Arrow-right Camera
The Spokesman-Review Newspaper
Spokane, Washington  Est. May 19, 1883

50 years ago in Expo history: Why is it called Canada Island? Fair plans explained the eventual switch from Cannon Island

 (S-R archives)
By Jim Kershner The Spokesman-Review

Expo ’74’s Canadian contingent explained how it planned to turn Cannon Island into Canada Island.

It was building the British Columbia Pavilion on the site, but would also create a “natural amphitheater” – the Alberta Amphitheater – where the Crystal Laundry once stood. The entire island would be turned into a natural beauty spot, with a total price tag of $1.5 million.

“We wanted, in restructuring the island, to make a unique spot that would not only be a restful place for the footweary, but a fun place for youngsters,” said Canada’s consul general in Seattle. “This is going to be something permanent, something that will be given to you as a heritage and handed in perpetuity.”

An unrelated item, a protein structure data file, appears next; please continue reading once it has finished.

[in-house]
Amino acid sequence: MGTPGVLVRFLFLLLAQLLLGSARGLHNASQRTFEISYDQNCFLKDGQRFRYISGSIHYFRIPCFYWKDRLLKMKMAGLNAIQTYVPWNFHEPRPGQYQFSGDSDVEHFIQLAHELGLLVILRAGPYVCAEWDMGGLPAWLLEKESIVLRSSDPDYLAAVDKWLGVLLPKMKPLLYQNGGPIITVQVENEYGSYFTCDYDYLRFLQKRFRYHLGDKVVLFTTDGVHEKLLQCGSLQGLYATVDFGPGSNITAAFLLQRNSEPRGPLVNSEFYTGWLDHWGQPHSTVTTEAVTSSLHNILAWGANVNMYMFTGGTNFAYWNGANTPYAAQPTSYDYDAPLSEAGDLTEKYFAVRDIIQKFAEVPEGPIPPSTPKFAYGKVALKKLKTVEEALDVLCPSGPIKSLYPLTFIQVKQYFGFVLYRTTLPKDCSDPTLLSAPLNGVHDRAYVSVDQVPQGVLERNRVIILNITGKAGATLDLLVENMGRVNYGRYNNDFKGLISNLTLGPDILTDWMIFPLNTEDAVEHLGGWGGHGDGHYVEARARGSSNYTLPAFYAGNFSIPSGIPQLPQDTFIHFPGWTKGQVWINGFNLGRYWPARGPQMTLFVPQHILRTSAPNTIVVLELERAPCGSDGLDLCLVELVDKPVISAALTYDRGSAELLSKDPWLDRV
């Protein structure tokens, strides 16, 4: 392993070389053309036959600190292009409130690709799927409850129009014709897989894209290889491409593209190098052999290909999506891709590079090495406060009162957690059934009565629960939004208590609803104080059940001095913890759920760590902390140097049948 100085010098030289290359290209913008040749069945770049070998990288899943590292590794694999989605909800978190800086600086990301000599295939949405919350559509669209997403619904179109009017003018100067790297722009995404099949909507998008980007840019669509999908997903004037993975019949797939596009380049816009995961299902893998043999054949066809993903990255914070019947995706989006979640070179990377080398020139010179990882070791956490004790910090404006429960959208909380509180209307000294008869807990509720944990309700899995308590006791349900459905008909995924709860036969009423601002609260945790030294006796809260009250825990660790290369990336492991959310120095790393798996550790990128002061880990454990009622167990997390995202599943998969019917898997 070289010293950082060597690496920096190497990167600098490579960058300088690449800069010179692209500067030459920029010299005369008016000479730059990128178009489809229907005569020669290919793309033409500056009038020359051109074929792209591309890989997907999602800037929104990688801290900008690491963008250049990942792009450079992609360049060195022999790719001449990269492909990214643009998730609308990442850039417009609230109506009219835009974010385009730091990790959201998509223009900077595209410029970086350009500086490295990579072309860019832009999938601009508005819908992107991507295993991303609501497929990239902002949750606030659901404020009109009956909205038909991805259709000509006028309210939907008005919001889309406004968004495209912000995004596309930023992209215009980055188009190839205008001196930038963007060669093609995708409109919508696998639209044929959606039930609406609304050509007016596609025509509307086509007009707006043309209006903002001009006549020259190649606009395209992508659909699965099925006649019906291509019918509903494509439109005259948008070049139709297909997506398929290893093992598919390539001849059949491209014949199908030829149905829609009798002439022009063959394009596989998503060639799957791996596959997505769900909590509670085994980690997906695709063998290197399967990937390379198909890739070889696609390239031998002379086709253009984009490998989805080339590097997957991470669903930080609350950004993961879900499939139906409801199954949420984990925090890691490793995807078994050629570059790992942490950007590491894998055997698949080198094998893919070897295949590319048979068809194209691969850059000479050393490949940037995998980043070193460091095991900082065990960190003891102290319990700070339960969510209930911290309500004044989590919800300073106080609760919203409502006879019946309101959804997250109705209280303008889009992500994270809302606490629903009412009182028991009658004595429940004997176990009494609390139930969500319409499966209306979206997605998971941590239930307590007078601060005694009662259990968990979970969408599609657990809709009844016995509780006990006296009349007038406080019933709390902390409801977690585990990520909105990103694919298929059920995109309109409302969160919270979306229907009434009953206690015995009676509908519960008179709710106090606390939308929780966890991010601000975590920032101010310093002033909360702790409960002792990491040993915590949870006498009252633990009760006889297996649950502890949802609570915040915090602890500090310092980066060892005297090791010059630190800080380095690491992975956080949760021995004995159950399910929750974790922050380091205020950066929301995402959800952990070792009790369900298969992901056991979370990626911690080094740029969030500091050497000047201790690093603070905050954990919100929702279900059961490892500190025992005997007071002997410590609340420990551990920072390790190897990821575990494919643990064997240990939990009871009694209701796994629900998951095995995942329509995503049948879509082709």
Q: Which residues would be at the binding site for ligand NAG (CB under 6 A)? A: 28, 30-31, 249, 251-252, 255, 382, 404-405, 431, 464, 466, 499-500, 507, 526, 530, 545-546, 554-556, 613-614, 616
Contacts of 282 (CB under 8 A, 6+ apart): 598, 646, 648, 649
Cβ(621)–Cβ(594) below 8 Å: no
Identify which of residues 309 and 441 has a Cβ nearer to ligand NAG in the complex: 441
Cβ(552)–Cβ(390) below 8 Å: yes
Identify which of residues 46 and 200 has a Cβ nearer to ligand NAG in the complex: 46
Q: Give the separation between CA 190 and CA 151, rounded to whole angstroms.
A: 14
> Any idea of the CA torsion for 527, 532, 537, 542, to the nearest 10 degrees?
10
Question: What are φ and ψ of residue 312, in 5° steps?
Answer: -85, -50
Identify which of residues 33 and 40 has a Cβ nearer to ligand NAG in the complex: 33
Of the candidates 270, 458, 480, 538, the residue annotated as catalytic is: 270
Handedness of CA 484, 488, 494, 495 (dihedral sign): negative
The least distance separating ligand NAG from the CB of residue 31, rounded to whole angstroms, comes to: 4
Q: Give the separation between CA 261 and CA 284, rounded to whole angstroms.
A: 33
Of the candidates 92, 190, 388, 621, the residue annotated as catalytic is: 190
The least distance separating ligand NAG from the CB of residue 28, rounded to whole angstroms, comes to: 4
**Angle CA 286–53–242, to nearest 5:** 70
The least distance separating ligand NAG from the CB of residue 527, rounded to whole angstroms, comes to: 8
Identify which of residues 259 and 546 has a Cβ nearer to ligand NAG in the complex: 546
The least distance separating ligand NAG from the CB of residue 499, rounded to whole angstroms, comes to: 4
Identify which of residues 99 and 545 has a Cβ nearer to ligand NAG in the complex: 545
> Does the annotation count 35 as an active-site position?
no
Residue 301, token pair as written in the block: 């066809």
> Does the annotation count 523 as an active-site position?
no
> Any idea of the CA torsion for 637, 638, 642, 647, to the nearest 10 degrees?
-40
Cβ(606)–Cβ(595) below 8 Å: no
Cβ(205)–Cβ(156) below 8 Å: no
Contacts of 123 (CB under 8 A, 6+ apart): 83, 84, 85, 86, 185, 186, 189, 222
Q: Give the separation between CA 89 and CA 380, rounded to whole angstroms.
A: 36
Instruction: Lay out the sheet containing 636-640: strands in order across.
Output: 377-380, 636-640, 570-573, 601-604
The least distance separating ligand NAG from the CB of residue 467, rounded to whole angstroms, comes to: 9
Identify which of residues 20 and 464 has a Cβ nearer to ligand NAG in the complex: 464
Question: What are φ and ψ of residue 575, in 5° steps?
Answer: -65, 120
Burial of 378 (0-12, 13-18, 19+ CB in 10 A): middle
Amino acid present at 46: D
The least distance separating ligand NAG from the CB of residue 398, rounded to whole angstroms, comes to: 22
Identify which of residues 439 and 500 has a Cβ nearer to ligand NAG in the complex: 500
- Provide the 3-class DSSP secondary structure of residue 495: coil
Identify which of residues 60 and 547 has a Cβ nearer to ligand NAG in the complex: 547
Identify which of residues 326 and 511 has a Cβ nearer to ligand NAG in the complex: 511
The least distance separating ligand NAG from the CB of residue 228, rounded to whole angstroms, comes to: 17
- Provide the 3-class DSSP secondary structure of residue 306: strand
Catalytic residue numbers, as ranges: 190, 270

From 100 years ago: The political turmoil in Hillyard had renewed a drive for annexation to Spokane – but not everyone in Hillyard was in favor.

More than 150 people turned up at an anti-annexation meeting. They nominated a slate of candidates to lead the opposition. The anti-annexation group included Mayor Pat Brown, who had been waging political warfare with the city council for a year.

The leader of the pro-annexation ticket was former mayor Thomas Kehoe, who recently lost to Brown.

The main objection voiced against annexation was that it would be admitting that “Hillyard was incapable of self-management” and required a “guardian.”

Also on this day


1980: U.S. hockey team beats Soviet Union 4-3 in Lake Placid during Winter Olympics, known after as the “Miracle on Ice.”